A Midas Care worker speaks out

‘Frustrated and disappointed’: a Midas Care worker speaks out

After reading the Corporate Watch reports on MiHomecare underpaying home care staff and ‘clipping’ visits short, care worker Yun Ysi Siew contacted us to raise concerns about Midas Care, a small, family-owned company that is contracted by Cambridgeshire County Council to provide care for local residents. Here, she describes her experience working for them.

I started working as a support worker for Midas Care in April 2015 while I was finishing my studies at Cambridge. I believe that this agency is unethical. Most of my appointments are scheduled back-to-back and have to be rushed as a result. This without doubt tremendously affects the quality of care we are able to give. If we spend the full visit time on the first client, we will be late for the next appointment. In fact, over the last two months, I have never been on time for any clients except the first one of each shift.

On my first full day with Midas I was assigned to care for a new client with Alzheimer’s disease. I had not received appropriate training and was not informed by the company in advance about her needs. I was only briefed by my care partner when we were on the way to the client’s house. He told me that the client disliked male carers so I would have to do her personal care alone. I think this would be challenging to any experienced care workers, let alone a beginner. Needless to say, my first day ended with frustration and disappointment.

Although I have raised this with the company, no changes have been made. Most of the time I am still paired with the same male carer whom the client dislikes. Fortunately, we had a chance to talk with the client’s daughter one day. She told us that she had requested to have two female carers to attend her mother’s care but that the company said it was unable to make this arrangement. If the company knows that it does not have the appropriate resources to meet the client’s needs, why would it accept this client in the first place?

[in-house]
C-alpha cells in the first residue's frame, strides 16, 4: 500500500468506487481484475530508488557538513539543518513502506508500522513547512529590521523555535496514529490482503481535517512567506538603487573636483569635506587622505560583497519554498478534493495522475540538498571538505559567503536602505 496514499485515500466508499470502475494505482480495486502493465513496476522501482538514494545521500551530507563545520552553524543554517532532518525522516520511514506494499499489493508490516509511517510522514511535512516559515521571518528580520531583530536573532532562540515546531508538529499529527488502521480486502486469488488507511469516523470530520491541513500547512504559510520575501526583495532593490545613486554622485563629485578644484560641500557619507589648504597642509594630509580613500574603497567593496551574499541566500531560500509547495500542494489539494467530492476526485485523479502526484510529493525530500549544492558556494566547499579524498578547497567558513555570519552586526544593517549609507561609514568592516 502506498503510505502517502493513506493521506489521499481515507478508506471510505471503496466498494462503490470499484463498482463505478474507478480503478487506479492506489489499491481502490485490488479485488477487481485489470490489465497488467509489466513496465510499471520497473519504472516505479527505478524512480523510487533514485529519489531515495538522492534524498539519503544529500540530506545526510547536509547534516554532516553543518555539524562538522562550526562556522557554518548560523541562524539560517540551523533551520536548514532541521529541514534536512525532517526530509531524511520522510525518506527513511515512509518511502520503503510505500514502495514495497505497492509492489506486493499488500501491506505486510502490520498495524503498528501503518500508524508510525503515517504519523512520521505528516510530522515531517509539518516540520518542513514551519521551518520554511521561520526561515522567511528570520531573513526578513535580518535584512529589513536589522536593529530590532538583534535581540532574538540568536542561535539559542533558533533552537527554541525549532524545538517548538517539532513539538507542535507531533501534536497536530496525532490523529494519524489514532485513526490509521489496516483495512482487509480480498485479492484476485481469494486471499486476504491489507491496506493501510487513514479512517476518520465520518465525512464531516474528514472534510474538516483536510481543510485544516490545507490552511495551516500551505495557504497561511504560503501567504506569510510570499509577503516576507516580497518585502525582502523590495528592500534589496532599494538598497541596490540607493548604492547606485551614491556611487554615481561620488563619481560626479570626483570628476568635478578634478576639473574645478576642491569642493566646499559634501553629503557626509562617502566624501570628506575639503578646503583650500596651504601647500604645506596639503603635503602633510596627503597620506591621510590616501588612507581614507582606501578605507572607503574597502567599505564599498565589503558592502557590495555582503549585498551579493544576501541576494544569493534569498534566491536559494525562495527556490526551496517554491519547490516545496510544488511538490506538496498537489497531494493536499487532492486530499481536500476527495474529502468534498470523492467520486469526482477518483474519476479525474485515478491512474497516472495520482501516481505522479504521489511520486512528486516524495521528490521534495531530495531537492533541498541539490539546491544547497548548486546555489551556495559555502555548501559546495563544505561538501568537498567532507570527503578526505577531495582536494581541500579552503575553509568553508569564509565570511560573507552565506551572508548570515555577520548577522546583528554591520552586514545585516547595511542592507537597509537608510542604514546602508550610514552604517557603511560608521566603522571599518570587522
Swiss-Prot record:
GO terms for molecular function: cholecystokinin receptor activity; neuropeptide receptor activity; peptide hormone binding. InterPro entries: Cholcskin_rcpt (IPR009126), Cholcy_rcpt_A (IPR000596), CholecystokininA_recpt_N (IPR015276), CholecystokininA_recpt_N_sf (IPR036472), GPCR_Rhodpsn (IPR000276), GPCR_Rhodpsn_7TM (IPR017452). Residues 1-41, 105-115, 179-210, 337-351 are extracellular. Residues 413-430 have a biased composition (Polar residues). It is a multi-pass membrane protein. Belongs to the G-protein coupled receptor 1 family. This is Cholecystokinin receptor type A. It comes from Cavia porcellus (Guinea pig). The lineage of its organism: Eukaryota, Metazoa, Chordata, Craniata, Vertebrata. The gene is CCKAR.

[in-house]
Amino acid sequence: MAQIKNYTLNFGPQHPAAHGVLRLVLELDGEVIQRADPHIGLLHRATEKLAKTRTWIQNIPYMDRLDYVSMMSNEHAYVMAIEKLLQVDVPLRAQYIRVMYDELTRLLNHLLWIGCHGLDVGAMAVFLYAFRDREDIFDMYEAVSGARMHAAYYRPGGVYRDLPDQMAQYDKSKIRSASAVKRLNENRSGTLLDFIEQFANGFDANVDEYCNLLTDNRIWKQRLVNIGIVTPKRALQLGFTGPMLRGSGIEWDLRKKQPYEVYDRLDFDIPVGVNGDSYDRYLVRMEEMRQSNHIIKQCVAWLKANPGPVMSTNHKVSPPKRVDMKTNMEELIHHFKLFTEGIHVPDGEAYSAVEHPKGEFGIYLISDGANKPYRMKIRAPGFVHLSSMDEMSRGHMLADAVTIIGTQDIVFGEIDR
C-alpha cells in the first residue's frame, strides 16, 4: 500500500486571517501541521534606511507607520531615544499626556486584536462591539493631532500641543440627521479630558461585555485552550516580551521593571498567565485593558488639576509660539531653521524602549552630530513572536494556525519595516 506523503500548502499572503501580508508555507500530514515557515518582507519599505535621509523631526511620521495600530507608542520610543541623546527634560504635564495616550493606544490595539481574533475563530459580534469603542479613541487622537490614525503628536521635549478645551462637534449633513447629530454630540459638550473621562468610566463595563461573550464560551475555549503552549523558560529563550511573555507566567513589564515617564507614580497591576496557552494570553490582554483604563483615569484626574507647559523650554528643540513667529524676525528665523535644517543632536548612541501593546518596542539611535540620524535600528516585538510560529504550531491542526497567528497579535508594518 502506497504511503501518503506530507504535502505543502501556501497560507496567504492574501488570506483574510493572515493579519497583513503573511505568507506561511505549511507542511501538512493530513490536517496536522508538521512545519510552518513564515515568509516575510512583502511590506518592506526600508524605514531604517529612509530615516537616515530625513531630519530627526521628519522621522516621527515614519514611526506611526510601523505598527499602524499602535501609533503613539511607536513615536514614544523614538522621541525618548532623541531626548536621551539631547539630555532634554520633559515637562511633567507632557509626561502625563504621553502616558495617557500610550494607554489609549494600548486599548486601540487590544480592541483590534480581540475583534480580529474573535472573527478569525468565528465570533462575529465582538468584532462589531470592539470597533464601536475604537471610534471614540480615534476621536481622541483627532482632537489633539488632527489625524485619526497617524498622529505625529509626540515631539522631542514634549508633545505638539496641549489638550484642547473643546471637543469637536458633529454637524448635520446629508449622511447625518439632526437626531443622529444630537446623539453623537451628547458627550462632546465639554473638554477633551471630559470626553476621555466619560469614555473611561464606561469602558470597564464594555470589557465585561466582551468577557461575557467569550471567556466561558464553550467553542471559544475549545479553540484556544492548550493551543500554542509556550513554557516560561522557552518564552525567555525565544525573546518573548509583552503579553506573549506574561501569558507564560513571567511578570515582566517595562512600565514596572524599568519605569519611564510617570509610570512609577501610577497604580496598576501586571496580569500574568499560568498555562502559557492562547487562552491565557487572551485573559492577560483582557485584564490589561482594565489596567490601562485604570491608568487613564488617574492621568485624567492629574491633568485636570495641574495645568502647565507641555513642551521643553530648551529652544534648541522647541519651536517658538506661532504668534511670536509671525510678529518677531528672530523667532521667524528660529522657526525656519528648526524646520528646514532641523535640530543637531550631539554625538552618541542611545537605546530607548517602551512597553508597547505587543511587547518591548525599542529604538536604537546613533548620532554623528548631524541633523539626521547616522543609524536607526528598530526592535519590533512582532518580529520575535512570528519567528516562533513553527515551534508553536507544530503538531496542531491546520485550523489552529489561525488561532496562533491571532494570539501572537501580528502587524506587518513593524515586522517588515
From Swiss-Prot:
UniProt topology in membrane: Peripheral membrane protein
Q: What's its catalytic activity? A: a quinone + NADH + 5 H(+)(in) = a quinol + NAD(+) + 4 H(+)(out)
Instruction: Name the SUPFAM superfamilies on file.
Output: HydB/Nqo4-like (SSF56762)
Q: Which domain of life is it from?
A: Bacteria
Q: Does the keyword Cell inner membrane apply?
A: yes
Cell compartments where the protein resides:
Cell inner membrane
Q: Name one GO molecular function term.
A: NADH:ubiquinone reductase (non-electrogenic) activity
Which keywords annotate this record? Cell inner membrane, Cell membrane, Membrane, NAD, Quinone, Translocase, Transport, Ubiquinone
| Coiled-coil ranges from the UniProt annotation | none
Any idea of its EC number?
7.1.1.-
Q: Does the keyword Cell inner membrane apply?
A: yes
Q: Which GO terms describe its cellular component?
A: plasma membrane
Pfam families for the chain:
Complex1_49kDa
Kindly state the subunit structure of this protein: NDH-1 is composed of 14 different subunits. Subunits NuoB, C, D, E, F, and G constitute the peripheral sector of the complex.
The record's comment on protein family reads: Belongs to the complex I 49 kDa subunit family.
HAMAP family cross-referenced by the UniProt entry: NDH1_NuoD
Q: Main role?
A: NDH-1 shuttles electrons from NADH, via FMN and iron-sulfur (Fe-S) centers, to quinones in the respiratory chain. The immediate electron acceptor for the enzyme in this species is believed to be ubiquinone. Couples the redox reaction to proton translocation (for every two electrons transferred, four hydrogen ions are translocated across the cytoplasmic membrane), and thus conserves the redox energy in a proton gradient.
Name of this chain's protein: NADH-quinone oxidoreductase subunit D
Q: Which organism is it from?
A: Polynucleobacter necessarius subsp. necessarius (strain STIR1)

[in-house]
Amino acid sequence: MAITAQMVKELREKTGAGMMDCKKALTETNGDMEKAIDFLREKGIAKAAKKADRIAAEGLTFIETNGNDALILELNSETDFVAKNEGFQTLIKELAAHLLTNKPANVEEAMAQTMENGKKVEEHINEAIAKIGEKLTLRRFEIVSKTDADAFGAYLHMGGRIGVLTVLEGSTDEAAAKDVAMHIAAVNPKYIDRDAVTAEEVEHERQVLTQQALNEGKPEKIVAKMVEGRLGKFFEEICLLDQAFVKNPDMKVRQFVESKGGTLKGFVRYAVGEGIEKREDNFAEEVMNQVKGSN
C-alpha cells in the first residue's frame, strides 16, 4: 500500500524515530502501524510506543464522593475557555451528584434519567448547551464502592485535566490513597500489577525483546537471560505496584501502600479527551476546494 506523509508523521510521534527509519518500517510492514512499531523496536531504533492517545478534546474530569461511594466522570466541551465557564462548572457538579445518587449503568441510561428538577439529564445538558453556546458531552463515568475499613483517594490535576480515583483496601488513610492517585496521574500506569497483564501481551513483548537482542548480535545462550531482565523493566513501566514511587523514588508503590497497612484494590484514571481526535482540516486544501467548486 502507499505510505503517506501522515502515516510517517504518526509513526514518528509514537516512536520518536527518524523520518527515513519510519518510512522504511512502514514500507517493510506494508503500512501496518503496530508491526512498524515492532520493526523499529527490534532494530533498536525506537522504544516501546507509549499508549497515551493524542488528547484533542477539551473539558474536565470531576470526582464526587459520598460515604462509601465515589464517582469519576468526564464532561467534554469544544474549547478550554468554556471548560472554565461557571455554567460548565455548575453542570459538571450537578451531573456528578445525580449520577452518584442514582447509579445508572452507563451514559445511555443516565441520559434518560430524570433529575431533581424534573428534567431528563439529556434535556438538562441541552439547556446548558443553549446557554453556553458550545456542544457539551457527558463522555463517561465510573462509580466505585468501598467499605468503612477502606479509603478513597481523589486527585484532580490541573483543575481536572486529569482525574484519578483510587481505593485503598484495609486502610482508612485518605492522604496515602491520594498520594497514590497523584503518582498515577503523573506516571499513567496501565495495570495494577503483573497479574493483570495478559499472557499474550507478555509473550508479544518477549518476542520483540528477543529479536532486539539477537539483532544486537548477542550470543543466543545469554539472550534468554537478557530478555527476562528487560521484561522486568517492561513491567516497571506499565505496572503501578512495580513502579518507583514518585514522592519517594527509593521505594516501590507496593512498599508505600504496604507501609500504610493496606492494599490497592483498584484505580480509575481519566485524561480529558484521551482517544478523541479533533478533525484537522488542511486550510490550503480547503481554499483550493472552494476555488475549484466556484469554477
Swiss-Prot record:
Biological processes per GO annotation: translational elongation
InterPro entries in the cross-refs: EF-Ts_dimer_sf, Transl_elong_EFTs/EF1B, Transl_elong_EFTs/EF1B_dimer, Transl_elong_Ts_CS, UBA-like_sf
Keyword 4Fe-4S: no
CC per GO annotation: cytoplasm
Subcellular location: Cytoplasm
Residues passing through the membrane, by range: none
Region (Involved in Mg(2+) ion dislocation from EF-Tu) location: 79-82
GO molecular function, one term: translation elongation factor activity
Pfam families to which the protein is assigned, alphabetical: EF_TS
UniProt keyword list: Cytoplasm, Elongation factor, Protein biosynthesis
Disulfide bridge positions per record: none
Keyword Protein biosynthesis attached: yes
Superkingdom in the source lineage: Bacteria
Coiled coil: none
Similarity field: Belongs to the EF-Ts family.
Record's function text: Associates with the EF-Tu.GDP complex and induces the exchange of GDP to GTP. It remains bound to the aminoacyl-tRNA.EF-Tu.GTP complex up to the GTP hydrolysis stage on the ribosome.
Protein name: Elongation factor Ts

My hourly rate is now £7.10 for weekdays and £7.60 for weekends and public holidays. However, if travel times are taken into account, my salary would fall below the National Minimum Wage [of £6.50/hour]. I believe all new staff like me are being ill-treated by the company. This bad culture is widely practised in the care industry but most of the carers remain silent because they are afraid of losing their jobs. Most of my colleagues are migrants from Asia or Eastern Europe and have little knowledge about their rights in the UK. Even if they are aware of the exploitation, they do not know where to seek help.

And we sometimes are not given the information we need. In my job offer letter it says that if carers leave before they have completed twelve months employment, they may be charged to cover the costs of the training they have received. But I only received this letter after I had taken the three day training course! Midas left no option to me at all. And they charge staff £63.20 for the DBS check but I have since found out that the cost for an Enhanced DBS check is only £44.

I have left the company now because I am about to leave the UK to take up a job in Taiwan. But I felt I needed to speak out about what I had seen.

As it says on its website, Midas Care has been promoted from preferred to strategic partner status with Cambridgeshire County Council. Which makes me think: what about the companies that haven’t been promoted?

Corporate Watch put Yun’s experience to Midas Care, who said:

“Midas Care does not comment on individual employee cases for ethical reasons. We value all ofour support workers, and the quality of care we provide to our customers is our highest priority. We always make sure standards are met and procedures are carried out in the correct manner.

“Our staff are paid above the national minimum wage, with enhanced rates on public holidays.

“Midas Care is an equal opportunities employer and we ensure all staff are fully trained to mandatory local authority training standards before they begin working with customers.”

We could not reach Cambridgeshire County Council for comment.


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